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12 things to ditch, and 12 to consider owning as a Digital Nomad.

It’s hard to be a Digital Nomad if you’re loaded down with stuff.

Last time, we mused on the downsides of owning too much stuff. During my foray into digital nomadism, I’ve consolidated what I do and don’t need to live at home or on the go. So with the last post’s philosophy adjourned, I’ve put together a list of 24 things I intentionally own and don’t own as a digital nomad.

Don’t got, don’t want.

Here’s what you won’t find in my residence anytime soon.

1. A big closet. Stuff requires storage space, and storage space invites more stuff—it’s a disturbingly recursive relationship.

2. A large wardrobe. If it takes me more than a minute to come up with an outfit in the morning, I either have too many good choices (not the worst predicament) or too many uncoordinated options (more often the case). As a courtesy to myself, I only keep the garments I unreservedly love to wear—then any choice is a surefire winner!

3. A shoe gallery. Shoes take up a lot of space when traveling, so a gaggle of single purpose pairs makes for a lousy packing experience. I pack flip-flops, loafers for business, and waterproof Merrell hiking shoes for everything else. I’m not sold on the look of hiking shoes, but they are definitely my go-to pair for travel and day trips.

4. A loaded dishwasher. The more dishes I own, the less inclined I am to reuse them throughout the day. Thus the Great American marital argument exclamation: “The dishes are piling up in the sink, Honey!” I’m keeping my dishes pretty and few.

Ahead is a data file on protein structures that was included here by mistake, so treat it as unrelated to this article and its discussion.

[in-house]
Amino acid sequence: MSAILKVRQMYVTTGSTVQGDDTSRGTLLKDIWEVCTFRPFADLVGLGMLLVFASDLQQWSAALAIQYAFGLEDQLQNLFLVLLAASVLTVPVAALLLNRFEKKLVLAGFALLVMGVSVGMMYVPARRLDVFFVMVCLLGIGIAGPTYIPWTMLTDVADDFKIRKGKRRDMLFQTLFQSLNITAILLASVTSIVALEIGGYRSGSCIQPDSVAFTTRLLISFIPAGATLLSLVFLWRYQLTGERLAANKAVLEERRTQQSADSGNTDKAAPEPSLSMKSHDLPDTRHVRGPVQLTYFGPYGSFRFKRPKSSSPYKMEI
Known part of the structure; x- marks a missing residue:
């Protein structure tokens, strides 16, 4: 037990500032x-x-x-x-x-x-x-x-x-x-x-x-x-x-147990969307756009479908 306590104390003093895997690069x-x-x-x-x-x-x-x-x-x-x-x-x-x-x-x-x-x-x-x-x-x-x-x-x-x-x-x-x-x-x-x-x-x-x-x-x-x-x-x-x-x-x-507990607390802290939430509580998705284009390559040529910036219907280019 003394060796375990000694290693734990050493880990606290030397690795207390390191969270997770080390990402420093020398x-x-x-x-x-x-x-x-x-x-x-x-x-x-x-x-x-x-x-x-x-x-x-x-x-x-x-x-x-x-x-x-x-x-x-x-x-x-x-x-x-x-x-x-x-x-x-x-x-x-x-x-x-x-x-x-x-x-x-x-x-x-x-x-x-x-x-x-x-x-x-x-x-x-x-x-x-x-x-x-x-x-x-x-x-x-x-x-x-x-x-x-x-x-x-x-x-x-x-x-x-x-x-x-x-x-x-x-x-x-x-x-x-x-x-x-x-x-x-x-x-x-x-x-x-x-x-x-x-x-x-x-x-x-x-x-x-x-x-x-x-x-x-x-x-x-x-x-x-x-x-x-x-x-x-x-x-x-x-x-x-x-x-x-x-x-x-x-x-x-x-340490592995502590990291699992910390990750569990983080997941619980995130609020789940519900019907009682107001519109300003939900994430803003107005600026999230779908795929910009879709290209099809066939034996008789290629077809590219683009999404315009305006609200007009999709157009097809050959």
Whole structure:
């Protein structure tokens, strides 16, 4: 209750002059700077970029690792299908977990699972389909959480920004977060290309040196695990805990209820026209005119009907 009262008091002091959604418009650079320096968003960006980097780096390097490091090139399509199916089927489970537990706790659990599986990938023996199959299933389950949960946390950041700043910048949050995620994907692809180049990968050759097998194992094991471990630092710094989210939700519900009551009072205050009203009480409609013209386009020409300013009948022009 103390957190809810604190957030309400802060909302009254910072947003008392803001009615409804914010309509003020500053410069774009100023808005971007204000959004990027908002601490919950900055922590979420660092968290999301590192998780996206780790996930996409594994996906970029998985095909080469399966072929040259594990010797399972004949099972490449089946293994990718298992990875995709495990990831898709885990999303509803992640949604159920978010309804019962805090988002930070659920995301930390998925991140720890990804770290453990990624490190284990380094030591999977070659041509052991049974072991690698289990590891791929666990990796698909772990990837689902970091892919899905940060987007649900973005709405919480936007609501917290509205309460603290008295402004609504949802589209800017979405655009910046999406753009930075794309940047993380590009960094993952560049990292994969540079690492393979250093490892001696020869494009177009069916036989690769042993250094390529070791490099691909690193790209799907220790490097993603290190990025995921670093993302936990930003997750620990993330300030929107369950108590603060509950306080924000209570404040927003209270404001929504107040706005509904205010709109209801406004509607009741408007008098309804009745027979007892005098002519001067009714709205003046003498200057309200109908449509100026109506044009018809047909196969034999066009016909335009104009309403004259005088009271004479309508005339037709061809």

5. A furniture outlet. Furniture has a habit of accumulating and won’t head out the door as easily as I will for my next adventure. If I can’t comfortably move it myself or with a friend’s help, it has no business in my life. I’d rather invest the money, space and time in something more life-changing than a solid oak entertainment center and professional movers.

6. TV service. My family “ditched the dish” when I was 12, and we haven’t looked back. With the rise of services like Netflix, it’s easy to find movies on demand without obscene commercials. So why waste an average of $99/month and 35 hours a week on the tube?

7. TV screen. Since I’ve opted out of television service, I enjoy titles right off my laptop. While it’s difficult to enjoy movies with friends, it’s also a welcome incentive to play games, enjoy conversation or read books together. Old-fashioned? Yessir, and right nice it is.

8. Stereo system. I do love playing background music for guests, so I may opt for a couple Sonos speakers someday, but a 5.1 surround sound system is not in the forecast.

9. Home phone. Mobile phones are ubiquitous, and when I need high quality audio I rely on VoIP solutions. No need to send a change-of-phone-number notice when I move!

10. (Fancy) car. I find a personal vehicle freeing and cheap in the long term, but sitting in traffic and keeping up with maintenance and insurance can be stressful (not to mention costly). Biking is pretty cool if the office is nearby. Do the math: can I carpool? Take public transportation? Uber? Sometimes the stress of using these services outweighs the potential savings, but I know for sure that an expensive car is not in my future.